Can You Buy a Multifamily Property With an FHA Loan?

Can You Buy a Multifamily Property With an FHA Loan?

Posted by on May 15, 2021

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FHA loans are a part of a federally backed program that enables people with a lower down-payment, credit issues, or other financial concerns to buy a home. A common question we often hear is, “can an FHA loan be used to buy a multi-family property?”

In short, the answer is yes, an FHA loan can be used to buy a multi-family property, but there are stipulations. 

What is an FHA Loan?

FHA loans are insured by the Federal Housing Administration and are issued by FHA-approved lenders. Most of these lenders are banks. The program was started to allow people with low-to-moderate incomes or financial issues to buy a home. 

The program allows the purchase of a home with lower down-payment requirements than many traditional loans, starting at just 3.5%. Banks make the determination if a buyer is qualified, but will take more of a risk on a loan because of the FHA’s backing. 

The FHA loan program is often thought of as a program for first-time homebuyers, but it can be used for repeat buyers if they meet the requirements. 

What is Considered a Multi-family Property?

A multi-family property is defined as a residence that can house more than one family. Multi-family homes include, among others: 

  • Apartment buildings
  • Condominiums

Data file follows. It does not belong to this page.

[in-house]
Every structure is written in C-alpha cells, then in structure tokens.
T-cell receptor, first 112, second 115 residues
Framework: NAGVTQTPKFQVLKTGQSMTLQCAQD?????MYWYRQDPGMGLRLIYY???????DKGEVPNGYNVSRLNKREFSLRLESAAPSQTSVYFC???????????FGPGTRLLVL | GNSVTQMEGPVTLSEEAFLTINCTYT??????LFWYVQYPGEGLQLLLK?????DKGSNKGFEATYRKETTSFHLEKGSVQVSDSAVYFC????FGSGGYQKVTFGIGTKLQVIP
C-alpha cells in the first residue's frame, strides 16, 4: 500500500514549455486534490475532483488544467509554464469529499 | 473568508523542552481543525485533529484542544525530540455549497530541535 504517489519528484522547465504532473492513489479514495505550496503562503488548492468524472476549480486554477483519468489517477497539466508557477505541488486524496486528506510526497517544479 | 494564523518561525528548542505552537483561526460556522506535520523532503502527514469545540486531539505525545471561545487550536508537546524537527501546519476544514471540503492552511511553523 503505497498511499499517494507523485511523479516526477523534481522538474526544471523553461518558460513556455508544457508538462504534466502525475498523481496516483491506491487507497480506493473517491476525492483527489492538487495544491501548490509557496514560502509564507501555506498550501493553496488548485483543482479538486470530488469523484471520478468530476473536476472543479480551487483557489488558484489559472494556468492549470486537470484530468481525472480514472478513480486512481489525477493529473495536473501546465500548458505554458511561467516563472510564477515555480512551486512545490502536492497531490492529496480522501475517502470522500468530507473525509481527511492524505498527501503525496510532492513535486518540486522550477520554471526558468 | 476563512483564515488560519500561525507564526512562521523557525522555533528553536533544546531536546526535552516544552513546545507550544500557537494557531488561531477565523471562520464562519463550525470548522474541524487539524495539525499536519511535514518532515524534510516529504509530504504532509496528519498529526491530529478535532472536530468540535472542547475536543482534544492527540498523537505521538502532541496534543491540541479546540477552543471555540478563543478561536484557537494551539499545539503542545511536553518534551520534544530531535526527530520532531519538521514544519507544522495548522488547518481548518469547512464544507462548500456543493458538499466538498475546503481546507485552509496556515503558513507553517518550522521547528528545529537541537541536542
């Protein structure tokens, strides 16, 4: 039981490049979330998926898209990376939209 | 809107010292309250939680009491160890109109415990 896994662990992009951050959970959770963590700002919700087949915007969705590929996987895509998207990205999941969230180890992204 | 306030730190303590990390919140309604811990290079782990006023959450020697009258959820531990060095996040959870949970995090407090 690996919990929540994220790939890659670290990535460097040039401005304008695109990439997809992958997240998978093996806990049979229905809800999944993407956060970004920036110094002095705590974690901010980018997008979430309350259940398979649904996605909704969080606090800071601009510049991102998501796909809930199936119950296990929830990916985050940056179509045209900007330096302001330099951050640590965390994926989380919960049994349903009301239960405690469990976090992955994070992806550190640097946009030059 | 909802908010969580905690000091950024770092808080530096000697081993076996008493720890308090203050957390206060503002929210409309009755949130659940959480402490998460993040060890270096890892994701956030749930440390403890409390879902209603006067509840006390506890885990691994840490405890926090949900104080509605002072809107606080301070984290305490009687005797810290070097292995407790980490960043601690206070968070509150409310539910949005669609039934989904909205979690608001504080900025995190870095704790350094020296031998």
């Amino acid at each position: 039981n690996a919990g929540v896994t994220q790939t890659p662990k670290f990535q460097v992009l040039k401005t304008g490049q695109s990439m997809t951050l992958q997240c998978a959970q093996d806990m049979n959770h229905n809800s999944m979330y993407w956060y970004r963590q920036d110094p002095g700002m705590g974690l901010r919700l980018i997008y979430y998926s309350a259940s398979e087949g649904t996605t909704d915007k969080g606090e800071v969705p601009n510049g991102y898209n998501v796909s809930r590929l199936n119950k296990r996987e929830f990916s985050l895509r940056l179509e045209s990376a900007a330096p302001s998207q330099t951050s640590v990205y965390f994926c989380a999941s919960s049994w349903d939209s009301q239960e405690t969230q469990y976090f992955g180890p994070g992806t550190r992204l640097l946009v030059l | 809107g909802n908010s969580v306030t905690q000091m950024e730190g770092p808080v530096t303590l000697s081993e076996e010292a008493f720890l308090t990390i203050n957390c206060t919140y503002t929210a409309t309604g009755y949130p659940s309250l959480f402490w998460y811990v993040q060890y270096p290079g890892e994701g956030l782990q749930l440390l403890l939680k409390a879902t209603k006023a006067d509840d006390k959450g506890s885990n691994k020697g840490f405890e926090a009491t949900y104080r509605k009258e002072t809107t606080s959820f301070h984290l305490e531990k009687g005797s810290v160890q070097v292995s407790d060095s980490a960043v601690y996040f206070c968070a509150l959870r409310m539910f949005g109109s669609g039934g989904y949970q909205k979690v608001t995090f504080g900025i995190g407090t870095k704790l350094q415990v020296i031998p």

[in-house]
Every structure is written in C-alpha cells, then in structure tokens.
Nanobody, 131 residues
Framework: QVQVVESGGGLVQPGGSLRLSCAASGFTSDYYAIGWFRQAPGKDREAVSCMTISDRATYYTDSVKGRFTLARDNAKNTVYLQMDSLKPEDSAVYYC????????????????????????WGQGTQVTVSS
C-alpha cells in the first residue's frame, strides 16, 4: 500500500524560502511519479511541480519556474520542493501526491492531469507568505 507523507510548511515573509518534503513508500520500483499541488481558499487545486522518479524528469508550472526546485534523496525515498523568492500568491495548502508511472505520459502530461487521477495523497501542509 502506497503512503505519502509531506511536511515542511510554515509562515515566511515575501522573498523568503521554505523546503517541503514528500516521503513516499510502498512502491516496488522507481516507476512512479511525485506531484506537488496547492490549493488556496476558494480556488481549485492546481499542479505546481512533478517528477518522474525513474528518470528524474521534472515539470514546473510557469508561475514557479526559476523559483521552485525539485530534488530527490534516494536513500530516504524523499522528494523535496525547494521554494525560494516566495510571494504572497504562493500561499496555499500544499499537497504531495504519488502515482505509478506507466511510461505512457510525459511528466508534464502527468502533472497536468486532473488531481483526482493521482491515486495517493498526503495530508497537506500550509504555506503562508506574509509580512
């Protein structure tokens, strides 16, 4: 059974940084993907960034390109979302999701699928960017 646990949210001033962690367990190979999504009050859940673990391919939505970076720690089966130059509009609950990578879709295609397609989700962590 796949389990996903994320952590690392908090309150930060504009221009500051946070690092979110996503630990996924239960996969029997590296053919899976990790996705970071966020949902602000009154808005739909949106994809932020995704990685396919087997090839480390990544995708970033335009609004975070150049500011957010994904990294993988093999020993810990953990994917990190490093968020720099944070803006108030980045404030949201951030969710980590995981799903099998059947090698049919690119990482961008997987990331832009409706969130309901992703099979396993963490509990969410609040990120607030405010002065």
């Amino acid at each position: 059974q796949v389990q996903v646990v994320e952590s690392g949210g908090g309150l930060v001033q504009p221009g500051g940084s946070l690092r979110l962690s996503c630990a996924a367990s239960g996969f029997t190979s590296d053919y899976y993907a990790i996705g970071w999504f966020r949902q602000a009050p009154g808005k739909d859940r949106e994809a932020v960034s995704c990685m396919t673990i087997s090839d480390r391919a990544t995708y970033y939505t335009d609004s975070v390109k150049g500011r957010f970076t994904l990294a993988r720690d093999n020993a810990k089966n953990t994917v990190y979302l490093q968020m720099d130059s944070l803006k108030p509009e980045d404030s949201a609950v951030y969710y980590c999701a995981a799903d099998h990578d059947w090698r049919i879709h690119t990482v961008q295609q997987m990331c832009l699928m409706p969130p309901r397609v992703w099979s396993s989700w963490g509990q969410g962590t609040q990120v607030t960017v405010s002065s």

• Duplexes 
  • Student housing 
  • Mixed-use properties 

So, can a buyer qualify for an FHA loan for a multi-family property?

Can You Use an FHA Loan to Buy a Multi-family Property?

The FHA loan program is for buyers purchasing a primary residence. So, if a buyer is planning on living in one unit, they might qualify for an FHA loan.

Here are some requirements for purchasing a multi-family property with an FHA loan: 

  • Borrower must live in the property for a minimum of one year as a primary residence. 
  • Must take occupancy of the primary residence within a set amount of time set by the lender. 
  • Multi-family unit can have up to four living units. 
  • Property must meet FHA standards. 

The bank might also have other factors they consider when looking at a loan for a multi-family property, including what the debt-to-income ratio will be after bringing in rent and if the borrower has been a landlord in the past. 

Other factors to consider not related to the loan are local ordinances for landlords, the time and money commitment of renting out a property, and other due diligence to make sure it is the right fit for you. 

This material is for general information and educational purposes only. Information is based on data gathered from what we believe are reliable sources. It is not guaranteed as to accuracy, does not purport to be complete and is not intended to be used as a primary basis for investment decisions.

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